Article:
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11 Jan 2019 00:00
Beginnings: Sandile Ngidi’s journey to becoming a translator was ignited by his efforts to write about a brutal attempt on his life during the turbulent 1980s Photo: Rogan Ward
In mid-1989 I was in a Durban hospital for weeks after members of the United Democratic Front attacked me in Clermont township. I belonged to the Azanian Student Movement and proudly subscribed to the Black Consciousness ideology.
The attack was nothing unique, nor was it a source of bitterness.
I was just another statistic in a cycle of violence that defined the times.
Although I was already writing poetry and different forms of short prose, it took me 10 years to write about the attack imaginatively. The first instance was a short story titled And Then the Rain Came, published in the Sales House Club magazine in 1998. The second was a poem titled Memory Is … This longish poem, comprising close to 30 lines, which gained some popularity whenever I read it at Peter Makurube’s Monday Blues sessions in Yeoville, Johannesburg, in the late 1990s.
The poem’s power lies in its performance, and not so much in the finesse of craft on paper. As I set out to write the poem, or as the poem urged me to write it, the imagery and the vocabulary came vividly to me in my mother tongue, Zulu. Although I had wanted an English poem, a stubborn mystical Zulu voice kept on telling me how to express myself.
One phrase in particular kept on hitting me in the viscera, izinyembezi zabafelwe asoze zawela phansi. This literally translates as “the tears of the bereaved will never fall down”. In my poem, which I performed at Durban’s Poetry Africa last October, I used this phrase to produce this line: “tears of the bereaved refuse to kiss the earth”. This seeks to evoke immediacy and to reinvigorate the power of the original Zulu phrase in its English translation.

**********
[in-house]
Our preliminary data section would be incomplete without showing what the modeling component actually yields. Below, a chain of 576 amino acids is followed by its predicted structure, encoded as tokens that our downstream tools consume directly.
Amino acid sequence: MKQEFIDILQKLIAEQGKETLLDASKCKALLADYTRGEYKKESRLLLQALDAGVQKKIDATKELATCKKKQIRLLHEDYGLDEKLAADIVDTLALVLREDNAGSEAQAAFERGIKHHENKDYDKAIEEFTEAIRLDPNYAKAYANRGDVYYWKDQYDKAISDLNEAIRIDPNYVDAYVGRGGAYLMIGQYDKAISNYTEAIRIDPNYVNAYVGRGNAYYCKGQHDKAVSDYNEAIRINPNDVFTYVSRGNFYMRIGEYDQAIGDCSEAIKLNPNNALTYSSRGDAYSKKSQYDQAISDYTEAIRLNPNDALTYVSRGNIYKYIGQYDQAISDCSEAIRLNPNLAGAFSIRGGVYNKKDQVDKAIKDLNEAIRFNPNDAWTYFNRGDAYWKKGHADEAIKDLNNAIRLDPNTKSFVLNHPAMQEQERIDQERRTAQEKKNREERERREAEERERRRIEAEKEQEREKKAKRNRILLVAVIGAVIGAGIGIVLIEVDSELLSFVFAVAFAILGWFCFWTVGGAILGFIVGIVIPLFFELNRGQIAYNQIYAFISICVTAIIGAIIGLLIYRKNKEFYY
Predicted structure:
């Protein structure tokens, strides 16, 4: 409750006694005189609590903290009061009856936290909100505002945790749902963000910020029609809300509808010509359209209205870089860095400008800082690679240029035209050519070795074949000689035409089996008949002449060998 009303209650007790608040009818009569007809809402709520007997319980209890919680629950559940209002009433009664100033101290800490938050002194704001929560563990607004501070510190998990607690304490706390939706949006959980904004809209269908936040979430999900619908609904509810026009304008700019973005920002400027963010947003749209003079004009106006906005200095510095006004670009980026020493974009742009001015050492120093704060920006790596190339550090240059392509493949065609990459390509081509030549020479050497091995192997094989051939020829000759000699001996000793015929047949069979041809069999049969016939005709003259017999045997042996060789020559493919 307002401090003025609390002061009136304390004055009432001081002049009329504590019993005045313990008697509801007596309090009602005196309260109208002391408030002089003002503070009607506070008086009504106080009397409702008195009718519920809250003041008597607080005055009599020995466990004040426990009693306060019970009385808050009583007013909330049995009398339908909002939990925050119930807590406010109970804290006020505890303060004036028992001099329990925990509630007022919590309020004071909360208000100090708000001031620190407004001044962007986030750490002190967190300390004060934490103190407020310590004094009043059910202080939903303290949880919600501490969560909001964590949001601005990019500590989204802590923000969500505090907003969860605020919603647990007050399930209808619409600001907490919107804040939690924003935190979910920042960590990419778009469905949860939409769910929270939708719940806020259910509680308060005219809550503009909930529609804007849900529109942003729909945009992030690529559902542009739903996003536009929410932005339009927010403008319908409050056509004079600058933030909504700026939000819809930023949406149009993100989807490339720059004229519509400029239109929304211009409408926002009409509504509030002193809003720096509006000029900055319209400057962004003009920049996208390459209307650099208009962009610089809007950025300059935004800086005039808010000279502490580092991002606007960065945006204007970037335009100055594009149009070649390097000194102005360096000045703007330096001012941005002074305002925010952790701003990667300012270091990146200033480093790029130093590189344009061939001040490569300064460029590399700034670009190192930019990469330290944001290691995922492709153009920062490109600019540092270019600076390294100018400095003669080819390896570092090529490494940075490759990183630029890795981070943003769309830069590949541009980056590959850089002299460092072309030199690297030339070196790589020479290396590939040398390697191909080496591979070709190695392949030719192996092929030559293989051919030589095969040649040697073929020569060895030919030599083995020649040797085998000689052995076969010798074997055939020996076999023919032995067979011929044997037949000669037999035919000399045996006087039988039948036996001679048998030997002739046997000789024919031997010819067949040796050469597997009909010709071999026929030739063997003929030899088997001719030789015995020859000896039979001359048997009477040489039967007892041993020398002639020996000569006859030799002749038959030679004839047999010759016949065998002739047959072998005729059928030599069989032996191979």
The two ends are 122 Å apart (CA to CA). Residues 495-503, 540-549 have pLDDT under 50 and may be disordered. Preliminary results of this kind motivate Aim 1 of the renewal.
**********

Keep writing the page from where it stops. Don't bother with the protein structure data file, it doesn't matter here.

In a sense then, I ventured into literary translation, first and foremost for personal healing. No lofty idealism made me do it. I simply plunged into the darkness, searching for light, hoping to turn trauma into a positive force.
In 2008 Aflame Books published my translation of Sibusiso Nyembezi’s classic Zulu novel, Inkinsela yaseMgungundlovu, as The Rich Man of Pietermaritzburg. It was my humble effort towards reviving interest in Nyembezi’s literary corpus, especially his immense gift as a novelist.
A towering linguist, scholar and publisher, Nyembezi would have turned 100 this year, alongside departed fellow South African writers Es’kia Mphahlele, Peter Abrahams and Noni Jabavu. Nyembezi, originally from Vryheid in northern KwaZulu-Natal, is a relatively marginal figure in South Africa’s literary canon in comparison with some writers of his generation who wrote in English or went into exile.
Nyembezi succeeded the eminent Zulu poet, Benedict Wallet Vilakazi, in 1948 as a lecturer in Bantu studies at the University of the Witwatersrand after Vilakazi’s untimely death in 1947. He later taught at the University of Fort Hare, only to resign along with other colleagues in 1959 to protest against the implementation of the Bantu Education Act.
A publisher at Shuter & Shooter from 1960 until his retirement, Nyembezi’s effect on the shaping of modern Zulu is expansive. His prodigious output includes the seminal Inqolobane Yesizwe, a survey of various key aspects of Zulu culture and traditions. He co-authored with Otty Nxumalo the Zulu primary school language reader series Igoda. His best known novel remains Inkinsela yaseMgungundlovu.
Nyembezi the writer was integral to my world for the better part of my schooling, and he continues to loom large in my life. When I considered the translation of his novel, I was acutely aware that there is often the danger of packaging anthropological accounts of African lives through their translation.